Learning Flex – Lesson 5, Handling Events

Flex Events come in two types, user events (such as clicking a mouse or pressing a key) and system events (such as a component changing visibility or finishing instantiation).

Event handlers can be specified within a component tag in MXML for instance, a click event for a button could be handled like this –

<mx:Button id="myButton" click="myButton.label='clicked!'"/>

Flex expects an ActionScript  expression in this case and the single quotes are used to define the string within the overall handler expression.

Other than for trivial tasks, event handlers are normally written as ActionScript functions that may be defined externally or within a Script block. These are then called from the event handler spec such as click="clickHandler()".

Writing ActionScript code within a Script tag requires CDATA escaping as the ActionScript code is not valid XML. This is achieved by wrapping it with <![CDATA[ and ]]> so it is ignored by the XML parser.

Passing parameters to the handler is achieved by placing values between the parentheses. In the handler function, the passed value is given a type so the compiler knows what to expect. An example would be:

<mx:Script>
<![CDATA[
private function clickHandler(display:String):void
{
myButton.label = display;
}
]]>
</mx:Script>
<mx:Button id="myButton" click="clickHandler('clicked!')"/>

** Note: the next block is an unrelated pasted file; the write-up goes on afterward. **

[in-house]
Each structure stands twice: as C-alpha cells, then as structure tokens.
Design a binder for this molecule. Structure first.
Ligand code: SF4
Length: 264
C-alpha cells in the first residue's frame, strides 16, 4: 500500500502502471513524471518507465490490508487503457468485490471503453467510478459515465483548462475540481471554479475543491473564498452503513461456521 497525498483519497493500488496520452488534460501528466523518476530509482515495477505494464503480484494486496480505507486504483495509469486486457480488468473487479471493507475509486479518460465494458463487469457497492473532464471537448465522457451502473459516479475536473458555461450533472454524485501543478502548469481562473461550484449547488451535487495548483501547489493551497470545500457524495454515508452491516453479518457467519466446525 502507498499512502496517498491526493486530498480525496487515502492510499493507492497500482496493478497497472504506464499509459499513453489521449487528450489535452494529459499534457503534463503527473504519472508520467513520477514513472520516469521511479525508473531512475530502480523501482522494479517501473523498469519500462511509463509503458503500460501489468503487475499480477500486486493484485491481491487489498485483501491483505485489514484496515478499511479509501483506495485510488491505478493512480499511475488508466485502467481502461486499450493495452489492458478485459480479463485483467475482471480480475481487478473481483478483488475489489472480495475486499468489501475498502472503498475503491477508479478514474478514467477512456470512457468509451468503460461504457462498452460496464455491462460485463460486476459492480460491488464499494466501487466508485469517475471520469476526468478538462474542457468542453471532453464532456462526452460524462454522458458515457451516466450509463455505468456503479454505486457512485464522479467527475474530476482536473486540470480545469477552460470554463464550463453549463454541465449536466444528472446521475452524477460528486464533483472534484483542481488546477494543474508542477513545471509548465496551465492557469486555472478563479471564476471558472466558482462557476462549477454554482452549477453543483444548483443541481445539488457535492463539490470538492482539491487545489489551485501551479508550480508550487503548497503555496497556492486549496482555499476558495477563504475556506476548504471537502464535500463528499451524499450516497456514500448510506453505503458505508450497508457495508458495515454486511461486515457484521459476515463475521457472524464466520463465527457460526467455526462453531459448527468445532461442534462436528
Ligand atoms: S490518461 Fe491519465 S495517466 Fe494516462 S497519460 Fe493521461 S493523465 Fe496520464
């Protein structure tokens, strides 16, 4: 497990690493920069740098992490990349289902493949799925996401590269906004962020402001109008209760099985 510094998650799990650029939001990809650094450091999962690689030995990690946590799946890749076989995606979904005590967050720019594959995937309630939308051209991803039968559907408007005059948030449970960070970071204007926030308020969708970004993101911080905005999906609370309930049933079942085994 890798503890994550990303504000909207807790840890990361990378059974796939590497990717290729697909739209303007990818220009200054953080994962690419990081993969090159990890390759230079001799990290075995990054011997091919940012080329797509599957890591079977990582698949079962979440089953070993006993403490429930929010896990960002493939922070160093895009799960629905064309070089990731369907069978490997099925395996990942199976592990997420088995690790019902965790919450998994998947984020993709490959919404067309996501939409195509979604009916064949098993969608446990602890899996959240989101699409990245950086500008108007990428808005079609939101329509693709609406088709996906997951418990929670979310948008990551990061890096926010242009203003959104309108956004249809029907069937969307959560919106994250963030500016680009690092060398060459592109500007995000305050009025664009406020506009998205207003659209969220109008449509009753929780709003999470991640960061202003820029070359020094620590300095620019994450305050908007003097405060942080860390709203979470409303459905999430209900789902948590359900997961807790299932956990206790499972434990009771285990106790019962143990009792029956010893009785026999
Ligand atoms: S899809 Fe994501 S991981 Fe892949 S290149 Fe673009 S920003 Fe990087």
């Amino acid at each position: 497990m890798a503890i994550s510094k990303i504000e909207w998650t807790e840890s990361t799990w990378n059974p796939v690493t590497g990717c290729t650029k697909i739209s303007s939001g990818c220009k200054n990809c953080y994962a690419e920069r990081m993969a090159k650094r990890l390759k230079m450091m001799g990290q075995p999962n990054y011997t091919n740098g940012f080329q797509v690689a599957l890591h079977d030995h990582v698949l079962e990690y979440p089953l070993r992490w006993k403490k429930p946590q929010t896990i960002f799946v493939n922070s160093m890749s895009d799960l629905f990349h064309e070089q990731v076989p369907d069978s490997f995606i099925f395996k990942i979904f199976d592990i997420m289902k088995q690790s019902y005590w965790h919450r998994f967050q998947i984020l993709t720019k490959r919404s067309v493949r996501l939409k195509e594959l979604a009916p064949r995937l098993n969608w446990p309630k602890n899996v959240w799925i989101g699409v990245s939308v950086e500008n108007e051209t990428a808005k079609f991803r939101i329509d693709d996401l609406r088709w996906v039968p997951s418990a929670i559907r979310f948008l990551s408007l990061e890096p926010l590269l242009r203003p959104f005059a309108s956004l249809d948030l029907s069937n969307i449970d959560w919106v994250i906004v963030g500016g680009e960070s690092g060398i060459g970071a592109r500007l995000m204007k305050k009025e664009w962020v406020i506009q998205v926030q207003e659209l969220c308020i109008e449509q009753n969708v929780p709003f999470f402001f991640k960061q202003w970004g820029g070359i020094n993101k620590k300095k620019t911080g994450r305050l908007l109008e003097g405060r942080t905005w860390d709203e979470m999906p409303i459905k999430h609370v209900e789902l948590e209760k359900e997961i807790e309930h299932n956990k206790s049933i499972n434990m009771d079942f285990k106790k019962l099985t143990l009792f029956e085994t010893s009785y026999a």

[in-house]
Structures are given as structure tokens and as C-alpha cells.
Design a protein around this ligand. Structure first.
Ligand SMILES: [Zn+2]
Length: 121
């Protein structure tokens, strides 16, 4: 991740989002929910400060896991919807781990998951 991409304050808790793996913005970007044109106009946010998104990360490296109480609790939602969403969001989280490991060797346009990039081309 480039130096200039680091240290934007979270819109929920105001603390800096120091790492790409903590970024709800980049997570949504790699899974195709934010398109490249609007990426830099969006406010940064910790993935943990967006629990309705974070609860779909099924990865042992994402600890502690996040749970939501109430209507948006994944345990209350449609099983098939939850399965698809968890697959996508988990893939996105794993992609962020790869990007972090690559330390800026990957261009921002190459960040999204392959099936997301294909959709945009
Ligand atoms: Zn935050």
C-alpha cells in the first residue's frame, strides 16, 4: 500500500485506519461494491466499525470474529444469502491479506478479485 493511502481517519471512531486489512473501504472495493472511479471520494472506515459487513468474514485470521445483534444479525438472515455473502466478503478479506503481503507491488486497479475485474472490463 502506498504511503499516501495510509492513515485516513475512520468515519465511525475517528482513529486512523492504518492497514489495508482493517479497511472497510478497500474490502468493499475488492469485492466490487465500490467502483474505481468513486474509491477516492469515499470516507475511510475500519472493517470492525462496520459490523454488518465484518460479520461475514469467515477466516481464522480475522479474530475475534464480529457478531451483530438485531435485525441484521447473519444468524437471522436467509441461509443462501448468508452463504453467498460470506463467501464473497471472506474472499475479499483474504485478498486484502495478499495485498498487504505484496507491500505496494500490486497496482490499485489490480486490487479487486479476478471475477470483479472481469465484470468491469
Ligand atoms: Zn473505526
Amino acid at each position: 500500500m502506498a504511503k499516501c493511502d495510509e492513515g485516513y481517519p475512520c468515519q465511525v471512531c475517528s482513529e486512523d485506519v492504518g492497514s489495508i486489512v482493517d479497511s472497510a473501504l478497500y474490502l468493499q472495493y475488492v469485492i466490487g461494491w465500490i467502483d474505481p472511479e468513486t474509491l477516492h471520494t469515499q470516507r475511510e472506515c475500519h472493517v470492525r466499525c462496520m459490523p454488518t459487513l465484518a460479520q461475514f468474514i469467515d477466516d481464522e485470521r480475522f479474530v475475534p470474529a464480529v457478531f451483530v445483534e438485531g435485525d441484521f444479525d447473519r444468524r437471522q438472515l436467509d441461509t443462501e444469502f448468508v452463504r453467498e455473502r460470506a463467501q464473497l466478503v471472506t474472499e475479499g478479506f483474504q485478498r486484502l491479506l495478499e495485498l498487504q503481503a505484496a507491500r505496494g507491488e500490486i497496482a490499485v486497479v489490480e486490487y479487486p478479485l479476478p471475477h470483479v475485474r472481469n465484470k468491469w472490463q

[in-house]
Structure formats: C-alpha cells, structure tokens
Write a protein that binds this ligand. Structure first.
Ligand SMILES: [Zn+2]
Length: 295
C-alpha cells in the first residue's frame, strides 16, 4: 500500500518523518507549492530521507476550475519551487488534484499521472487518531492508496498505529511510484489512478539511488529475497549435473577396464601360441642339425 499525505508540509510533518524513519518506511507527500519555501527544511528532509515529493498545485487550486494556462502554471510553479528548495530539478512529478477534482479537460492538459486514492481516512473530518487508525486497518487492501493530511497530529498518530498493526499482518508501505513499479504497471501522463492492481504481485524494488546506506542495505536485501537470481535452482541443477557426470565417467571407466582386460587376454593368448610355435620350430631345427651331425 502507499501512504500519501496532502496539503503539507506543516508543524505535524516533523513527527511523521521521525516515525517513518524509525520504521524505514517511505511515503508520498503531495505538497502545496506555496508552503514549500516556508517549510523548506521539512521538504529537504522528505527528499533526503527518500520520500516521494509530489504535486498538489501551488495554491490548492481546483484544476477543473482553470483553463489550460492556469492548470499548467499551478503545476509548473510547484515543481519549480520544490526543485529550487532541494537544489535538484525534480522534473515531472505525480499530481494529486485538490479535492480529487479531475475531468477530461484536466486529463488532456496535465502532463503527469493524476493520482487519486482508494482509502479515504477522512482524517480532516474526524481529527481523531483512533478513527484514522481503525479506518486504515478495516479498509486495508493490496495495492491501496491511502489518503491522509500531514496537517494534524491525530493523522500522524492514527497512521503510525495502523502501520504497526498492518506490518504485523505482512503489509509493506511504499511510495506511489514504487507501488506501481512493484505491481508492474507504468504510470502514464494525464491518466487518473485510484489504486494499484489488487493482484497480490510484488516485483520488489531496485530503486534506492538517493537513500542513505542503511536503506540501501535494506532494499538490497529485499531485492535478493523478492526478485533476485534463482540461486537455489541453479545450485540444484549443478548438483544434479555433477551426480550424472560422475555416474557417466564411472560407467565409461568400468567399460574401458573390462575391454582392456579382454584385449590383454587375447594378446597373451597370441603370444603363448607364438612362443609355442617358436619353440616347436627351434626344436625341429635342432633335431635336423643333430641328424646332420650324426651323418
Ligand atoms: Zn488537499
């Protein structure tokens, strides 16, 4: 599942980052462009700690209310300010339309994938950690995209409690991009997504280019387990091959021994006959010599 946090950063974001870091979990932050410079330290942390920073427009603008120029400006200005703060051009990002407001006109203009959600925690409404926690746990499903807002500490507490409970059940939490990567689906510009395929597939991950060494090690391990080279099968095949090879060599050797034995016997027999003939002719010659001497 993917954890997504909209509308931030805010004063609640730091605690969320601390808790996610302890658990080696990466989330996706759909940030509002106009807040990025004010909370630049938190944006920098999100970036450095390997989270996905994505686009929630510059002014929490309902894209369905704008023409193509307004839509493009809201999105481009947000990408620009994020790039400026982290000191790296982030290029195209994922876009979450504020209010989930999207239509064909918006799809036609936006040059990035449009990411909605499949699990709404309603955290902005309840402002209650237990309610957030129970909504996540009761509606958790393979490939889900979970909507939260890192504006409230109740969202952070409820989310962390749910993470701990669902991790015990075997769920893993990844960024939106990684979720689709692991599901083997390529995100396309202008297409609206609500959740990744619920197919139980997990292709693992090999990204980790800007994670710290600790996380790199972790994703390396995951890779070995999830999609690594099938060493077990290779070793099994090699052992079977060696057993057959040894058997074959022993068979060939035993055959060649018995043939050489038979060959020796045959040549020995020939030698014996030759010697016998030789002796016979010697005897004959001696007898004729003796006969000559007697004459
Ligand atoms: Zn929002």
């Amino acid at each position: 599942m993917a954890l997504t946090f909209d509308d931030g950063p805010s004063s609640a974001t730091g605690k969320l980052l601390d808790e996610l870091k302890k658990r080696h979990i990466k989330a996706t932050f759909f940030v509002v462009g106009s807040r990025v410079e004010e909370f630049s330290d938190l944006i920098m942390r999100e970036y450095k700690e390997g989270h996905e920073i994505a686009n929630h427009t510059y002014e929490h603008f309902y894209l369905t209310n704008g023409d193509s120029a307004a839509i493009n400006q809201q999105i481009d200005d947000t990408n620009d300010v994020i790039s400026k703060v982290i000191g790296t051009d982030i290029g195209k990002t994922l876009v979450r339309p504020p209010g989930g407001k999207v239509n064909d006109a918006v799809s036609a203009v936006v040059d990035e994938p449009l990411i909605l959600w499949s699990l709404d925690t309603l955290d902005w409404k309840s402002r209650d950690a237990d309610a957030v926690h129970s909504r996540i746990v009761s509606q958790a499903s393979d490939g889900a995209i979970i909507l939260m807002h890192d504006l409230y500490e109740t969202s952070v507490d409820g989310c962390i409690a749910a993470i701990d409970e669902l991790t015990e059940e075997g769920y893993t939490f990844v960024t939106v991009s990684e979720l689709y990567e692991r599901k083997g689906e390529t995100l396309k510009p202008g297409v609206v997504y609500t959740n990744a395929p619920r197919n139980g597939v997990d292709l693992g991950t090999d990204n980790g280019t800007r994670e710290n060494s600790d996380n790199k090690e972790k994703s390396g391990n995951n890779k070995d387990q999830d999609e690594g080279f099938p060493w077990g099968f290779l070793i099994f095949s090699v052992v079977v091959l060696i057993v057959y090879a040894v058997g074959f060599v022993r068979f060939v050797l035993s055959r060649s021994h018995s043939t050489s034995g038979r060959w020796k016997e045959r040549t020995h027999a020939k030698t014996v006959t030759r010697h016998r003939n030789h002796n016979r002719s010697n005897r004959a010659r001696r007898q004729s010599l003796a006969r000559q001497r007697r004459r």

Creation Complete Event

An example of a system event is CreationComplete which is fired when a component has been initialized and placed in the application. The component will be visible at this time unless it’s visible property is false.

The CreationComplete event of a container is fired when it’s children have all broadcast their CreationComplete events and this process continues up the chain all the way to the final Application object.

This means that if we have components within a container, the order of event dispatch would be the components first, then the container, then the application.

Event Objects

Flex creates an event object each time an event is dispatched. This object contains information about the event that occurred. This object is often passed to the event handler so it may access properties from it.

The base event class is used as the common denominator for more specific event classes. This means that all event types have some common properties including type – the type of event that was fired and target which is a reference to the component object that caused the event.

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